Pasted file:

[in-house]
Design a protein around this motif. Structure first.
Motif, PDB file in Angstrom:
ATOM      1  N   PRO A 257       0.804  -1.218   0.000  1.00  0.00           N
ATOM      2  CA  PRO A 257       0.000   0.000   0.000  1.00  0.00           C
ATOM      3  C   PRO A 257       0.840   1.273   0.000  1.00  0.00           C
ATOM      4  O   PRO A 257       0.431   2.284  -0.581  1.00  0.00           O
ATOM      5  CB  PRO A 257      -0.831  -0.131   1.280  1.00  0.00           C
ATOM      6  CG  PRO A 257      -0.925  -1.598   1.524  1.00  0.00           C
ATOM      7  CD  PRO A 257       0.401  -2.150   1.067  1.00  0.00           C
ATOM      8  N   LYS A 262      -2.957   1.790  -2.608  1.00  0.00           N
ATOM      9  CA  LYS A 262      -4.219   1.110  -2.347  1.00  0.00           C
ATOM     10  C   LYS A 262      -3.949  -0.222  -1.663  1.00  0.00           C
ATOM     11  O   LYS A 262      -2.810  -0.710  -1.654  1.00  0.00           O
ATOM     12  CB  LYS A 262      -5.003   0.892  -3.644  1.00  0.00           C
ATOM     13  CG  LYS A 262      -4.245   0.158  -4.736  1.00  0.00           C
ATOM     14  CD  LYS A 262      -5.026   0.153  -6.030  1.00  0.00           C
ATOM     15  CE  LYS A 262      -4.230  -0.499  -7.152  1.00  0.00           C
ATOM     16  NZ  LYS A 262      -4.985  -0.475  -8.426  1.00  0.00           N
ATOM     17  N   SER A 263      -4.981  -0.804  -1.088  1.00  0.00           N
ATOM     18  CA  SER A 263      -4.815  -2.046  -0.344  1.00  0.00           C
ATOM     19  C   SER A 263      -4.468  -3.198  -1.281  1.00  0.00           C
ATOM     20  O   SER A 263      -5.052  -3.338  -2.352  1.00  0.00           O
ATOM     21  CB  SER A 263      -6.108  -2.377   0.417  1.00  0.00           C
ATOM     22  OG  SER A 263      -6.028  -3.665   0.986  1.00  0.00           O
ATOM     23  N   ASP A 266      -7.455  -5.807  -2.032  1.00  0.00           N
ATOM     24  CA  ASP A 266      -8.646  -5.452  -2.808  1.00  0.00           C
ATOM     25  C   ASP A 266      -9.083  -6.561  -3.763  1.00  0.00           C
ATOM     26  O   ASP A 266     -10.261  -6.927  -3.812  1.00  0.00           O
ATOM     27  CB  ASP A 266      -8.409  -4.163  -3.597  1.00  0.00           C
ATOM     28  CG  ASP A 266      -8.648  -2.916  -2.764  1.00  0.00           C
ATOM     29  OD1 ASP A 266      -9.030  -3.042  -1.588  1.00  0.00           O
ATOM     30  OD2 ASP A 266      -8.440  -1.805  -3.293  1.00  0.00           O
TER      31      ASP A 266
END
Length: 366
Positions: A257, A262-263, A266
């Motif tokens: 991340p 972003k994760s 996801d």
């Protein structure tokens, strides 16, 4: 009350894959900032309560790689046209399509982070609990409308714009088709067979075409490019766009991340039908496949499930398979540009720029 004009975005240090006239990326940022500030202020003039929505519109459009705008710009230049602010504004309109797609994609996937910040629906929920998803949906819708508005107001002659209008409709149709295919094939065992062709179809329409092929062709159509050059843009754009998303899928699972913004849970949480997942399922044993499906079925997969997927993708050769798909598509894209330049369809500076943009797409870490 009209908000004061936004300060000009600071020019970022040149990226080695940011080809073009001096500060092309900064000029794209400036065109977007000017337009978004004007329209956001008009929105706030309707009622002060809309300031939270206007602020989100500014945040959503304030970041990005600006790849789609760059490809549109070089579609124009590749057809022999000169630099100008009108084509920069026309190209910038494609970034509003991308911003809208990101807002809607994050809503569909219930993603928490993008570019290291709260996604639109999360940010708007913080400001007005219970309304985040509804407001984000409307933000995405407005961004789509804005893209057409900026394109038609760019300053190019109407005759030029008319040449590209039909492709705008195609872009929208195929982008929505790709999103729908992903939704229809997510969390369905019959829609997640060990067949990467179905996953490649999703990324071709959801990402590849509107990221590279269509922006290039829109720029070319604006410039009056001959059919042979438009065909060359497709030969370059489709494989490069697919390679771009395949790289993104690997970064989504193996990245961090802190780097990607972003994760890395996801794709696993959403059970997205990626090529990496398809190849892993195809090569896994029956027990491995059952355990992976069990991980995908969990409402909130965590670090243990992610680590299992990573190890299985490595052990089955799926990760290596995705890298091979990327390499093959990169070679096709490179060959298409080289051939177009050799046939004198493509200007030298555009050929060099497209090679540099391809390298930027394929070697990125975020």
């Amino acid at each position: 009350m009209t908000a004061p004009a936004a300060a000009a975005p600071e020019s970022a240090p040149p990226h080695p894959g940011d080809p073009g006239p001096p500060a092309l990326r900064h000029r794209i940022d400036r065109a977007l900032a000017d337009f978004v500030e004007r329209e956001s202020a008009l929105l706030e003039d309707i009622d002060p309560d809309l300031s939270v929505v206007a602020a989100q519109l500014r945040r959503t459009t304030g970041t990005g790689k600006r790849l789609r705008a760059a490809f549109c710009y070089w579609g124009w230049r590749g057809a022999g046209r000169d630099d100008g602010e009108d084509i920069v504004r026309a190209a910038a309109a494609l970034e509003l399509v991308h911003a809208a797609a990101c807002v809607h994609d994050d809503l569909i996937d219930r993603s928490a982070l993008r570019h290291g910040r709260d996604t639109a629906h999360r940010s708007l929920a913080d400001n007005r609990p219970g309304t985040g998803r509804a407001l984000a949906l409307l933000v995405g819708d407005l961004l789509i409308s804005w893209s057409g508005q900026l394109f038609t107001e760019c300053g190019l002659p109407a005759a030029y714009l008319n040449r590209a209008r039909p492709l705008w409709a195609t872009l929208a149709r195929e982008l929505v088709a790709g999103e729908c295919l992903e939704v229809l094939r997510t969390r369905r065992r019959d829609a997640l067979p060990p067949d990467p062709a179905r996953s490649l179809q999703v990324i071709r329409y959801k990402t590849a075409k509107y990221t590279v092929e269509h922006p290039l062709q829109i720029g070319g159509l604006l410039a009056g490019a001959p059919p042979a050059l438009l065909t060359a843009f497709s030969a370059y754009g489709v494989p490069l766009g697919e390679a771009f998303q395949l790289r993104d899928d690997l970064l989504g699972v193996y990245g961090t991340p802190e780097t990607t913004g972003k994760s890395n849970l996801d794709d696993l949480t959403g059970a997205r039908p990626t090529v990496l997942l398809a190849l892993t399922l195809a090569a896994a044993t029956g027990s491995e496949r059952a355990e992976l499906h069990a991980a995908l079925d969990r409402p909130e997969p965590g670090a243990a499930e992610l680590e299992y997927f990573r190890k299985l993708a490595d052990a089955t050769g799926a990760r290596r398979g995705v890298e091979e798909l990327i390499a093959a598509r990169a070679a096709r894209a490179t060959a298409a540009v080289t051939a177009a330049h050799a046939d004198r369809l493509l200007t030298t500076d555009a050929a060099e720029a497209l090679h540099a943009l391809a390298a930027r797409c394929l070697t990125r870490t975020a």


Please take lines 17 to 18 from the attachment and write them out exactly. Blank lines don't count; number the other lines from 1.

ATOM     14  CD  LYS A 262      -5.026   0.153  -6.030  1.00  0.00           C
ATOM     15  CE  LYS A 262      -4.230  -0.499  -7.152  1.00  0.00           C